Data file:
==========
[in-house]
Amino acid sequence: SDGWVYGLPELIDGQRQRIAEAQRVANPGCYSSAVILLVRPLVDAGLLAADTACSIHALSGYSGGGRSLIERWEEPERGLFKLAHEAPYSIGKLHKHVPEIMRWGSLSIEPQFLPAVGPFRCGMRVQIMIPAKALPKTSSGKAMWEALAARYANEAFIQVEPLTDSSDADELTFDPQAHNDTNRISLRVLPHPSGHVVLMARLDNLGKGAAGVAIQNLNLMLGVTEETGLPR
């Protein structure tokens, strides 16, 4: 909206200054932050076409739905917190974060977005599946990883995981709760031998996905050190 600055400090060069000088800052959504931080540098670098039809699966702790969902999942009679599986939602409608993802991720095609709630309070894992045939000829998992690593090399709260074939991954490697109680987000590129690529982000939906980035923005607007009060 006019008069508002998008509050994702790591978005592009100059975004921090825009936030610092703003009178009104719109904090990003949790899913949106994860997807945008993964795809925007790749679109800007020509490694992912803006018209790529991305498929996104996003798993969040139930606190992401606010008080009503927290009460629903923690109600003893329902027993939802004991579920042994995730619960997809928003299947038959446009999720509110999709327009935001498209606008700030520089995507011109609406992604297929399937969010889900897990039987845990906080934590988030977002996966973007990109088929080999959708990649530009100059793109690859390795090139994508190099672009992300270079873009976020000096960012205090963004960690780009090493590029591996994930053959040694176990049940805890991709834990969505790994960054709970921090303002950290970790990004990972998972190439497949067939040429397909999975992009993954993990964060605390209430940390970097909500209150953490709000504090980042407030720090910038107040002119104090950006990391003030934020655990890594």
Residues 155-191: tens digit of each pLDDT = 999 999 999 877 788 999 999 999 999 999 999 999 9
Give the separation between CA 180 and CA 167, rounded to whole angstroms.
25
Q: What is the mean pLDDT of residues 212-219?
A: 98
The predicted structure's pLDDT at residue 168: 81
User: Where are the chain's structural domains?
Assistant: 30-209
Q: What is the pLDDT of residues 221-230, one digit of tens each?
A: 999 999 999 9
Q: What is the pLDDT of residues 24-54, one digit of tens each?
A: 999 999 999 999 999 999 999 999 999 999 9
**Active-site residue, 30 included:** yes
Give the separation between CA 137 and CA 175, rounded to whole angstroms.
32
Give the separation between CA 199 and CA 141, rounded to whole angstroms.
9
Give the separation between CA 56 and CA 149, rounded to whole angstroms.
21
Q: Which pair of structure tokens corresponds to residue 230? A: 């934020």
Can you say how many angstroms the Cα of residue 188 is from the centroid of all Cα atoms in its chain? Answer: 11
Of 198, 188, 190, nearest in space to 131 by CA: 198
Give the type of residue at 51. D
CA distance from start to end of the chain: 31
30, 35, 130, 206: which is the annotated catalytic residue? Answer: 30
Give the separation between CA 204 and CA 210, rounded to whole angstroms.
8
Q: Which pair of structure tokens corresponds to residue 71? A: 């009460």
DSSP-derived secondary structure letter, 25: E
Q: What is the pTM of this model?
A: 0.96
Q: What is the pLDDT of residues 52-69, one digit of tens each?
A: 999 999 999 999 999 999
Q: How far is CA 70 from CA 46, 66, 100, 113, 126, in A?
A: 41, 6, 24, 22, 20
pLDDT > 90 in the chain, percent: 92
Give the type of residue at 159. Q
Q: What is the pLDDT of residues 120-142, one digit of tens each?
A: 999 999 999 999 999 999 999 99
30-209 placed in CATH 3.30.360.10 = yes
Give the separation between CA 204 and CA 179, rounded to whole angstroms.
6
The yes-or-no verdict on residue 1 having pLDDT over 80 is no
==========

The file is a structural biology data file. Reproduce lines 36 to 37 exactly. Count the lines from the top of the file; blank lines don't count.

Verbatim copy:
A: 999 999 999 999 999 999
Q: How far is CA 70 from CA 46, 66, 100, 113, 126, in A?